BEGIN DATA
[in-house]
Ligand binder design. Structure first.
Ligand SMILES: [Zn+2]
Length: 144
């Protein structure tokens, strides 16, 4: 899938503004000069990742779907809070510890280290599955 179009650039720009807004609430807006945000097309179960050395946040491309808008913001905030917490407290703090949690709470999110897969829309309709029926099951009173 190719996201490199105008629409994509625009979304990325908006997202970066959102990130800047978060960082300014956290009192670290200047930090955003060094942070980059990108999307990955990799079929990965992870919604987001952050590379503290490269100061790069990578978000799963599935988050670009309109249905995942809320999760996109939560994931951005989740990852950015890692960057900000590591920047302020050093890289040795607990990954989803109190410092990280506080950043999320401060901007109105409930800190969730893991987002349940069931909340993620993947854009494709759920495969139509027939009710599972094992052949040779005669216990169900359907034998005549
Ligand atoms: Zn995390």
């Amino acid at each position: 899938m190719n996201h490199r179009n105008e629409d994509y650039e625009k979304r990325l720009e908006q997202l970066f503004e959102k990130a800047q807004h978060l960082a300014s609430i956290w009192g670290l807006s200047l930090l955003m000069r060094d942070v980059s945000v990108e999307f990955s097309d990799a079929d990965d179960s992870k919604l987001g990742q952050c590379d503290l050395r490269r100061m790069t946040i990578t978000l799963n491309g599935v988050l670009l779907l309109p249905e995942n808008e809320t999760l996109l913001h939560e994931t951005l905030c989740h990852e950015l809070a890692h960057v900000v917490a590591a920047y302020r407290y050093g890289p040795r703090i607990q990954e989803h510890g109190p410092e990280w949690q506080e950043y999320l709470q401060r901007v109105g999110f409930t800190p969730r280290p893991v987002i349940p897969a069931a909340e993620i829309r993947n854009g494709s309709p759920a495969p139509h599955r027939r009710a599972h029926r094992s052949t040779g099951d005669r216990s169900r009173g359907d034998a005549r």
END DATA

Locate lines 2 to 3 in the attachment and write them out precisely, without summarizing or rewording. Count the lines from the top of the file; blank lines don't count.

Ligand binder design. Structure first.
Ligand SMILES: [Zn+2]